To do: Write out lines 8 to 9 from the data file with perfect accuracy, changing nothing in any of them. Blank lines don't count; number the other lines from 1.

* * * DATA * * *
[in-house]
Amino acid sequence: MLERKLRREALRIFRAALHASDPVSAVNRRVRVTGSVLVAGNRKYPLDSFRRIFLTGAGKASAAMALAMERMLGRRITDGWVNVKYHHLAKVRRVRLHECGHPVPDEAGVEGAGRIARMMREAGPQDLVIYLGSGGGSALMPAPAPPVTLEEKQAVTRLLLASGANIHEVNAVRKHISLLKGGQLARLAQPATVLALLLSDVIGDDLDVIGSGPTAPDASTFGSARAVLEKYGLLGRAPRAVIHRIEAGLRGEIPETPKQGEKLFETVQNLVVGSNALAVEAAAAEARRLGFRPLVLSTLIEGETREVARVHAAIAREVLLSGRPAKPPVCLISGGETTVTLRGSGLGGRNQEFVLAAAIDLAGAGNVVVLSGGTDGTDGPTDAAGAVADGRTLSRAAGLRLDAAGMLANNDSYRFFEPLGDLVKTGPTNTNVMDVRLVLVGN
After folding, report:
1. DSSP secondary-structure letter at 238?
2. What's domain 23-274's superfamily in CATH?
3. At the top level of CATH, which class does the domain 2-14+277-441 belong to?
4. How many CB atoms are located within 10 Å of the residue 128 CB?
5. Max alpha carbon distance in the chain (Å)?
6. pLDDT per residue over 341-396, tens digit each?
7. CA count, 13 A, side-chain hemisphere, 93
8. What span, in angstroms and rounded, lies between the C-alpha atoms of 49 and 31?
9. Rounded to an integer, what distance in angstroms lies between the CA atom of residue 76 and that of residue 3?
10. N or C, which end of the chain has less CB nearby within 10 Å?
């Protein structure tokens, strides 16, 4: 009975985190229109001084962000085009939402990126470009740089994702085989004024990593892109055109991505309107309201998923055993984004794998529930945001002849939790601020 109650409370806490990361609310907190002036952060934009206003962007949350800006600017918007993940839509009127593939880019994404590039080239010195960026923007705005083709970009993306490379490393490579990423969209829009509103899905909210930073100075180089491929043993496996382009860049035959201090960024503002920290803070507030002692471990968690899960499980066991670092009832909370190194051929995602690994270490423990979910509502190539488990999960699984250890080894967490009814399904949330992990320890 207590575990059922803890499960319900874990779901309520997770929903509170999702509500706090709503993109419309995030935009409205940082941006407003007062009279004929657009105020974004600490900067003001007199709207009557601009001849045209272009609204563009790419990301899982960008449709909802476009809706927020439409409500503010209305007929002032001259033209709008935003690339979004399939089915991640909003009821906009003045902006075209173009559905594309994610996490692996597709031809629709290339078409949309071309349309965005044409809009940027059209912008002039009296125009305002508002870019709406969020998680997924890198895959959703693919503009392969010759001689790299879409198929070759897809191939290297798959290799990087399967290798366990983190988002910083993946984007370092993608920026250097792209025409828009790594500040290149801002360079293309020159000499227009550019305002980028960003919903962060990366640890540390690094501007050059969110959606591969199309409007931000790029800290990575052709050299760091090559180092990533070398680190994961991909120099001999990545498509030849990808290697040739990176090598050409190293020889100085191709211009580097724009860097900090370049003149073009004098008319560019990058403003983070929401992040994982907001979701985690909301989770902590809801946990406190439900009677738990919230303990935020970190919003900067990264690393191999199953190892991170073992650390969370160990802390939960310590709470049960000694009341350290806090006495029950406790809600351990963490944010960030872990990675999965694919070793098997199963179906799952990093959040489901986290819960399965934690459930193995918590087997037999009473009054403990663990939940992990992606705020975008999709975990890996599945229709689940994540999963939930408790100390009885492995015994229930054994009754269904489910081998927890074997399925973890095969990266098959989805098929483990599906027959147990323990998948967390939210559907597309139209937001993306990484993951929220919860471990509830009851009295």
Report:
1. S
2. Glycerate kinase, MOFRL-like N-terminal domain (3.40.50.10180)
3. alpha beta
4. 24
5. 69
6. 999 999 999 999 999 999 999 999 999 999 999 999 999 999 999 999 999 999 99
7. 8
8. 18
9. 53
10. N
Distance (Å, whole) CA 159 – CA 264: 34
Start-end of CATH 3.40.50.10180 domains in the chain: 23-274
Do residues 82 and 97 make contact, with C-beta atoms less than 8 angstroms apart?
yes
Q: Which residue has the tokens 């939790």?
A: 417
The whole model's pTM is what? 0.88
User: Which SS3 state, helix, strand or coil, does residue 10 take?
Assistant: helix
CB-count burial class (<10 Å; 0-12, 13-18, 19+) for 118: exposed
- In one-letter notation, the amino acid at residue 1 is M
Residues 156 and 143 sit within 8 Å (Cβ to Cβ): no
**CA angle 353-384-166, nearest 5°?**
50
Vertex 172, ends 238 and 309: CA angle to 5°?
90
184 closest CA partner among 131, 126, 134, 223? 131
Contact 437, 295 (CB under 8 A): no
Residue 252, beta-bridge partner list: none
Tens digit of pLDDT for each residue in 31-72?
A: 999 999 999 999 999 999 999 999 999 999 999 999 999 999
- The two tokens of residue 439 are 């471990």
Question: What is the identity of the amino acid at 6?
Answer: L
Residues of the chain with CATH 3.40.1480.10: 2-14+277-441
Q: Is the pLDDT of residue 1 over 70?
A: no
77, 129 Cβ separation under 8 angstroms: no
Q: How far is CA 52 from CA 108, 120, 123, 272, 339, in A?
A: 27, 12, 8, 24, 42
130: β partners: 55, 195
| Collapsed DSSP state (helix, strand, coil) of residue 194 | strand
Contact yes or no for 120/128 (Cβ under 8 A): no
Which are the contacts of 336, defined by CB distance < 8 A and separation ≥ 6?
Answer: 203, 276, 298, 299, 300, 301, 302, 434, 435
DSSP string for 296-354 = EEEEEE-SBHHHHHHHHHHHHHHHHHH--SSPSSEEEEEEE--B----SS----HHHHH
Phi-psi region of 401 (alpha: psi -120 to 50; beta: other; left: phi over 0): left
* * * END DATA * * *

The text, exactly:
5. Max alpha carbon distance in the chain (Å)?
6. pLDDT per residue over 341-396, tens digit each?